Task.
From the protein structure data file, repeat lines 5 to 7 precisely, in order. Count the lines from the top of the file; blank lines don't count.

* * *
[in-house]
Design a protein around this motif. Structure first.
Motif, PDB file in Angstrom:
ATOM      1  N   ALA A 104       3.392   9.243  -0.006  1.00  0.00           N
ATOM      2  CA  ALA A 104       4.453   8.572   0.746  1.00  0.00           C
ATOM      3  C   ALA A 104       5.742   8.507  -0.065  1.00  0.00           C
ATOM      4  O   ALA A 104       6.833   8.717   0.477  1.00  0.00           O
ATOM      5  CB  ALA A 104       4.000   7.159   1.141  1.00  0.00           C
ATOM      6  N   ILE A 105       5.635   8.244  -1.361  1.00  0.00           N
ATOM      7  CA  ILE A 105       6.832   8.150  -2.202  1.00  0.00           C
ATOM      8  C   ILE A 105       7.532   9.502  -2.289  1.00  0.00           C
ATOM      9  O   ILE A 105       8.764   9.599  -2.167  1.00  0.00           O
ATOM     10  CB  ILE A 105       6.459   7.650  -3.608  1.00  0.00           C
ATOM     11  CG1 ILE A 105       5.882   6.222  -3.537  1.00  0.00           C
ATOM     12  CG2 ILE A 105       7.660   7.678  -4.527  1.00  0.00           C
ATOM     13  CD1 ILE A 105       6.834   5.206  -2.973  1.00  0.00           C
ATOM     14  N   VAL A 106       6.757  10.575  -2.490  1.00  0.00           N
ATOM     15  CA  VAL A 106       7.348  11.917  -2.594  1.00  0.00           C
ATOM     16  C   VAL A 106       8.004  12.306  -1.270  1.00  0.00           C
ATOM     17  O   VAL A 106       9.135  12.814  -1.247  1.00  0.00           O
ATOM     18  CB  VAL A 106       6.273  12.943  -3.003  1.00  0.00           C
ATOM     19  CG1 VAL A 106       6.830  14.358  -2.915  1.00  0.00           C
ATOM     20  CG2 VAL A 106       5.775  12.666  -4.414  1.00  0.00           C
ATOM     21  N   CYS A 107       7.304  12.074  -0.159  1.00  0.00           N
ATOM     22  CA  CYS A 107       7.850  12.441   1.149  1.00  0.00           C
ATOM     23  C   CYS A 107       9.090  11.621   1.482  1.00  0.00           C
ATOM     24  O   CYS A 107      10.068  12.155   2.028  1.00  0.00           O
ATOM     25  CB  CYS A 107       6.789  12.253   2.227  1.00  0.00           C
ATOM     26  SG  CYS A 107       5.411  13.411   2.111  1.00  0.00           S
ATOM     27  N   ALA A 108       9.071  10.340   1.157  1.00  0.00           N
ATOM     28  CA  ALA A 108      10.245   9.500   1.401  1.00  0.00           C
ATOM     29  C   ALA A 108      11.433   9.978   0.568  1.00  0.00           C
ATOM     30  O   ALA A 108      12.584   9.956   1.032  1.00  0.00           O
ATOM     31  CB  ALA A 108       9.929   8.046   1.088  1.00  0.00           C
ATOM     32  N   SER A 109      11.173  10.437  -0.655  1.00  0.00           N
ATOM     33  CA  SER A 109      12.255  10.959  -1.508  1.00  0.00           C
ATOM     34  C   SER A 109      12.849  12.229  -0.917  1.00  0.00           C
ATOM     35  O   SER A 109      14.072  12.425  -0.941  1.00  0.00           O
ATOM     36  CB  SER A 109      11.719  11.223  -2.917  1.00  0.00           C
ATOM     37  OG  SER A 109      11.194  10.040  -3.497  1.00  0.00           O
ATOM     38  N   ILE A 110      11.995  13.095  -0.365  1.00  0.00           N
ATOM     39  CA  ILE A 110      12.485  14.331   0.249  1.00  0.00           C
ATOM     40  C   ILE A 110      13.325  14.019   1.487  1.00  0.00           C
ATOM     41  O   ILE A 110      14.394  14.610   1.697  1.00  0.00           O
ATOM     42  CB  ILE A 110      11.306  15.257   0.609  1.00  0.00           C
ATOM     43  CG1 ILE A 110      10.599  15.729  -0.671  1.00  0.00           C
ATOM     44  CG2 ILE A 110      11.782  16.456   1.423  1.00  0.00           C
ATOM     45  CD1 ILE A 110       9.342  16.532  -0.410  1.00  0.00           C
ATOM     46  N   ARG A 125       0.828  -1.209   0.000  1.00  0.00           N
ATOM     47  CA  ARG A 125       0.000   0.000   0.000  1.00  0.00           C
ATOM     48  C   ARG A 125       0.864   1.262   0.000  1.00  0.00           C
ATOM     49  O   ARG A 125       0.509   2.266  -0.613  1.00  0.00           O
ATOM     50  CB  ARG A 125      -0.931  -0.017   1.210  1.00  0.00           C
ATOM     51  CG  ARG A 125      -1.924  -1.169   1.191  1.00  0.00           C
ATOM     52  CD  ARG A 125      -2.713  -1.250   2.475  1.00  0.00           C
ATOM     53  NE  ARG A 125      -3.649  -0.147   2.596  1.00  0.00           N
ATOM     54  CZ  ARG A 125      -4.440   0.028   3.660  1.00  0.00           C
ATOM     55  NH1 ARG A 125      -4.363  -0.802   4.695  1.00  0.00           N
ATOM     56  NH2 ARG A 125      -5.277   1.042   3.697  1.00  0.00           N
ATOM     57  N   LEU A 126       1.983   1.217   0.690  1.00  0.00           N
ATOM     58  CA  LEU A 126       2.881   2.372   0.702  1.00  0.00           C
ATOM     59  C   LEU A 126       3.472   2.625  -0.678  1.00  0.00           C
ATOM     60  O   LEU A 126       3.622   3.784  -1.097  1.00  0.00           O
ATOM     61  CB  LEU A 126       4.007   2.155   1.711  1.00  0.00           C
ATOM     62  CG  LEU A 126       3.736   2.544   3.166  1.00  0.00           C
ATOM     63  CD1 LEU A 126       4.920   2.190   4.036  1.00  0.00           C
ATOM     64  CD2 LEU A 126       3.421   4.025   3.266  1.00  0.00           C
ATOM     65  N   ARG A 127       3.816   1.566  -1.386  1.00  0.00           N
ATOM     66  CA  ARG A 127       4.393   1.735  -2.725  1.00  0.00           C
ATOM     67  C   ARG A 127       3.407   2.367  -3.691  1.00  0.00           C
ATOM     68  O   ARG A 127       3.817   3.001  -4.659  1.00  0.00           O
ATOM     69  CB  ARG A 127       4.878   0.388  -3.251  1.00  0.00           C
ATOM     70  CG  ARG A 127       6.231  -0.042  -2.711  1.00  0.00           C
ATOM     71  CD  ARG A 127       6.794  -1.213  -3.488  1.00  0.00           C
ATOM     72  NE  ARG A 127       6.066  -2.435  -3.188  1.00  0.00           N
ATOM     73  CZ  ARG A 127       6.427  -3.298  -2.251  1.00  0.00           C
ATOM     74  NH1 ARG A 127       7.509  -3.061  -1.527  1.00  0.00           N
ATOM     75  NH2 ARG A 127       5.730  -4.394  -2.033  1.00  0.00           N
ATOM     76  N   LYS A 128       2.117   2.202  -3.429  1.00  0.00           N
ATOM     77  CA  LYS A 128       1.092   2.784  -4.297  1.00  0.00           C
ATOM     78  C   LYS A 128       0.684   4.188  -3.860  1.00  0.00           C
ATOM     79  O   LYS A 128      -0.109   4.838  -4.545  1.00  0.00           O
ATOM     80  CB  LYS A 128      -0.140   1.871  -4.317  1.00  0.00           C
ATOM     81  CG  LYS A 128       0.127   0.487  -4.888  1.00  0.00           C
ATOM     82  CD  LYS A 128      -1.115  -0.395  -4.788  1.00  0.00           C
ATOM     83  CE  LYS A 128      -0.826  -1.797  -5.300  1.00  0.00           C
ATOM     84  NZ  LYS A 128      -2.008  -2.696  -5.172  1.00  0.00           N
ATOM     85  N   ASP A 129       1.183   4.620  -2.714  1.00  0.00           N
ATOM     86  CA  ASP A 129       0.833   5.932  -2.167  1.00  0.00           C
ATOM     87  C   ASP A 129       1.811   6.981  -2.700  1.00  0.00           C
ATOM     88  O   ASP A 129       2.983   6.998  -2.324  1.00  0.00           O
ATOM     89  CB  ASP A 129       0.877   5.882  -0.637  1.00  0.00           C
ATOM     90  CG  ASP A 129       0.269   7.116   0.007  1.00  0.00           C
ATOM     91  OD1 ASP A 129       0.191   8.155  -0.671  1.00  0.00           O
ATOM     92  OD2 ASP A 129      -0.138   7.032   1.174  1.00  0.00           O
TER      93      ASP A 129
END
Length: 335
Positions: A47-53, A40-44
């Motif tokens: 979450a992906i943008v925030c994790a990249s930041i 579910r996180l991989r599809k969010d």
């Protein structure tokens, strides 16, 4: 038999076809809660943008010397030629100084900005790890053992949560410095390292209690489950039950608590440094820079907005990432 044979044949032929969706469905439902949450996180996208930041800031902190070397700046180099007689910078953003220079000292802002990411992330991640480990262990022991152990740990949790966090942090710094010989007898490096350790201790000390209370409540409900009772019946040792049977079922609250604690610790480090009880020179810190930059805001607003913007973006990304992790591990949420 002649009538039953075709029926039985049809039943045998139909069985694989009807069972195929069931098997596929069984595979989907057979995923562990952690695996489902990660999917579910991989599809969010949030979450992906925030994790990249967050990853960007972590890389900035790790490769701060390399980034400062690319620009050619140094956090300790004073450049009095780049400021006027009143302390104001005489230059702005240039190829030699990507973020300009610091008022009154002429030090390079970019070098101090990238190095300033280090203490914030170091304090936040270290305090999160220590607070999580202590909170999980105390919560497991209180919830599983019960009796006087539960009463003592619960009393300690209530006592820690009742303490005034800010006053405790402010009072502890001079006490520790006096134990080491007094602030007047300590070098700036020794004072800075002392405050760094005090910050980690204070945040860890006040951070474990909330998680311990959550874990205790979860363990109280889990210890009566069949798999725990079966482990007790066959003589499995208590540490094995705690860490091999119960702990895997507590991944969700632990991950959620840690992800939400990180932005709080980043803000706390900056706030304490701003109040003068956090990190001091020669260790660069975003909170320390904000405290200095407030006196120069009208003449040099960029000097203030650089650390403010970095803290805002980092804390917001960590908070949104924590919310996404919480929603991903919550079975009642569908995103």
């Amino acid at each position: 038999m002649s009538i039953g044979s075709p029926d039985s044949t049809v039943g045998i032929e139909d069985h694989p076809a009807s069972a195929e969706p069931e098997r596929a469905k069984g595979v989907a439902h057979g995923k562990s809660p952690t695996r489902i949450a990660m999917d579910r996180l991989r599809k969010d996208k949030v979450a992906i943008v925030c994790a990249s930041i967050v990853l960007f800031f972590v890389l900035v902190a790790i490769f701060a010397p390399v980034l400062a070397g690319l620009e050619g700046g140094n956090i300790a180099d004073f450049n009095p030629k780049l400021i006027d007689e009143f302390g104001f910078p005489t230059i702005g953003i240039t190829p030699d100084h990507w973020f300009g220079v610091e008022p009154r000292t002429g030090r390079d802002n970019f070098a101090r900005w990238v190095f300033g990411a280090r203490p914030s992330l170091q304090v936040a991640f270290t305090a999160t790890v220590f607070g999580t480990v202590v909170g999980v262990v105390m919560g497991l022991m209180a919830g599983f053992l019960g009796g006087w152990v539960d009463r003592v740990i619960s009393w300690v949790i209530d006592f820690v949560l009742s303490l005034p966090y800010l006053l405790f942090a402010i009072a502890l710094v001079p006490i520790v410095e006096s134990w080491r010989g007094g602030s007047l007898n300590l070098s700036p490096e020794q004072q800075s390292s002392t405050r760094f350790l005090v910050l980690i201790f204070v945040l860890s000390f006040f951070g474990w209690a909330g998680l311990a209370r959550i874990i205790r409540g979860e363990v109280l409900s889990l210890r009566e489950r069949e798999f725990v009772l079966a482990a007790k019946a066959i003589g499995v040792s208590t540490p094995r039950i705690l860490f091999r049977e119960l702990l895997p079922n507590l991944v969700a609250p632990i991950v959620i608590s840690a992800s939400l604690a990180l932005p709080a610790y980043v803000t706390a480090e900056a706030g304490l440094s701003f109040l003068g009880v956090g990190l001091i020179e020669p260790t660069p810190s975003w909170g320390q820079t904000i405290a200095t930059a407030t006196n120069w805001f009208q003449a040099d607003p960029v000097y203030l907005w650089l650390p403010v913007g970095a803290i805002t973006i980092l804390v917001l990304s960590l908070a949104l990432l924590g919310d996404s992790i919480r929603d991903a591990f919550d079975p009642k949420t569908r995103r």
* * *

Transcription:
ATOM      2  CA  ALA A 104       4.453   8.572   0.746  1.00  0.00           C
ATOM      3  C   ALA A 104       5.742   8.507  -0.065  1.00  0.00           C
ATOM      4  O   ALA A 104       6.833   8.717   0.477  1.00  0.00           O